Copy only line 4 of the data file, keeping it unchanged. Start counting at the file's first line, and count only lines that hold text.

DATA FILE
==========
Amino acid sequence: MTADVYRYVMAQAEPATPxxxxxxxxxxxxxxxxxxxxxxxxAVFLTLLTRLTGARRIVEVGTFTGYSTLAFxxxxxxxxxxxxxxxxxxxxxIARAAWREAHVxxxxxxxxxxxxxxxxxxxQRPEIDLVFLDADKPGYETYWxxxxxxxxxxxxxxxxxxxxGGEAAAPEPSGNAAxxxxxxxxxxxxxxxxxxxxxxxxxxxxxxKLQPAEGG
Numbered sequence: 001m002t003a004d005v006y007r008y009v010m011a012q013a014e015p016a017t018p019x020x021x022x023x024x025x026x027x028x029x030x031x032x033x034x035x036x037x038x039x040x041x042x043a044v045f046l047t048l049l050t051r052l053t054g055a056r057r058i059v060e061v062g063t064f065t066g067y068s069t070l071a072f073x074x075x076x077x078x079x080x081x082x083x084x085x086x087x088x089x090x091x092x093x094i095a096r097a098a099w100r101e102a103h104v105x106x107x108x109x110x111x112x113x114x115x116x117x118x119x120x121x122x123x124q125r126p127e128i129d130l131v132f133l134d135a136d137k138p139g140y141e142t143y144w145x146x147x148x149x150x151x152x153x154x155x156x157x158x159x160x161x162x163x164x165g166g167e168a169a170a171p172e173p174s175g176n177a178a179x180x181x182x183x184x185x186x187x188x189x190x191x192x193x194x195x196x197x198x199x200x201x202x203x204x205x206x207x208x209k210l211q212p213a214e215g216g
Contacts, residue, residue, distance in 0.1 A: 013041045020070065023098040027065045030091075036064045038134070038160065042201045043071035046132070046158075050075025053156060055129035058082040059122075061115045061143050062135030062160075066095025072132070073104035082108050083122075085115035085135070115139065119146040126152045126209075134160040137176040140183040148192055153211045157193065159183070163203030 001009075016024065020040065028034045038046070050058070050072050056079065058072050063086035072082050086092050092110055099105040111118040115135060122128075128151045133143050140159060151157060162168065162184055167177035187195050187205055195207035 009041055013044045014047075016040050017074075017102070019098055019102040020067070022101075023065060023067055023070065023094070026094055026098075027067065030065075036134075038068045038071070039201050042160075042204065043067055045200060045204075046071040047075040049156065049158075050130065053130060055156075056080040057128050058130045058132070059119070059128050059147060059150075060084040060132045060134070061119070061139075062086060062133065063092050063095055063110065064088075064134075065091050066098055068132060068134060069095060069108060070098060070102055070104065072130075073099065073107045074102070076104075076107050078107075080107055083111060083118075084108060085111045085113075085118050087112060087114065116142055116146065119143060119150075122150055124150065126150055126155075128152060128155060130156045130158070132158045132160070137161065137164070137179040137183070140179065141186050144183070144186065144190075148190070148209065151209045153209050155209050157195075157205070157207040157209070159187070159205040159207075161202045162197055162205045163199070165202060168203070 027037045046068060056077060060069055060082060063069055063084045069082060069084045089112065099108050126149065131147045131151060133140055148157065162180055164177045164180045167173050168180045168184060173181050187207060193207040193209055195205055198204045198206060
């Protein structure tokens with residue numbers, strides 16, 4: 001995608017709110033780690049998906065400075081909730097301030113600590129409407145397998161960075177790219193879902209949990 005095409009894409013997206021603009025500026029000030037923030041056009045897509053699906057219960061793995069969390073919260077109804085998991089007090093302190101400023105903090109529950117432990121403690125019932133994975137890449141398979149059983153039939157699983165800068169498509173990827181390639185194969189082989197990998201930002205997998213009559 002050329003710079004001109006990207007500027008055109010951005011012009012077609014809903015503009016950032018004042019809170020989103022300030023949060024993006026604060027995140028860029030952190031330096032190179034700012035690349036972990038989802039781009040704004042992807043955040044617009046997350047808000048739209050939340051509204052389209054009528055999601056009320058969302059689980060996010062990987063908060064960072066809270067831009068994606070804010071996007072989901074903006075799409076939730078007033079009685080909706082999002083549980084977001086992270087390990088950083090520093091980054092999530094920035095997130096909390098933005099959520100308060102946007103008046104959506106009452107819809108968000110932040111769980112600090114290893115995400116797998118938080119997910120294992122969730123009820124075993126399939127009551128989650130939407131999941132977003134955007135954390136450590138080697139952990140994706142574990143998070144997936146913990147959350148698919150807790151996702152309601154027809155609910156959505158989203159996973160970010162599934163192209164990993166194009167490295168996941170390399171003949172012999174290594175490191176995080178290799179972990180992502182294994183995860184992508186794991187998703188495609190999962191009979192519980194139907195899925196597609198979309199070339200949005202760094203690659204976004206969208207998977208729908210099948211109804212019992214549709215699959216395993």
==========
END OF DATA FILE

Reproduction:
């Protein structure tokens with residue numbers, strides 16, 4: 001995608017709110033780690049998906065400075081909730097301030113600590129409407145397998161960075177790219193879902209949990 005095409009894409013997206021603009025500026029000030037923030041056009045897509053699906057219960061793995069969390073919260077109804085998991089007090093302190101400023105903090109529950117432990121403690125019932133994975137890449141398979149059983153039939157699983165800068169498509173990827181390639185194969189082989197990998201930002205997998213009559 002050329003710079004001109006990207007500027008055109010951005011012009012077609014809903015503009016950032018004042019809170020989103022300030023949060024993006026604060027995140028860029030952190031330096032190179034700012035690349036972990038989802039781009040704004042992807043955040044617009046997350047808000048739209050939340051509204052389209054009528055999601056009320058969302059689980060996010062990987063908060064960072066809270067831009068994606070804010071996007072989901074903006075799409076939730078007033079009685080909706082999002083549980084977001086992270087390990088950083090520093091980054092999530094920035095997130096909390098933005099959520100308060102946007103008046104959506106009452107819809108968000110932040111769980112600090114290893115995400116797998118938080119997910120294992122969730123009820124075993126399939127009551128989650130939407131999941132977003134955007135954390136450590138080697139952990140994706142574990143998070144997936146913990147959350148698919150807790151996702152309601154027809155609910156959505158989203159996973160970010162599934163192209164990993166194009167490295168996941170390399171003949172012999174290594175490191176995080178290799179972990180992502182294994183995860184992508186794991187998703188495609190999962191009979192519980194139907195899925196597609198979309199070339200949005202760094203690659204976004206969208207998977208729908210099948211109804212019992214549709215699959216395993």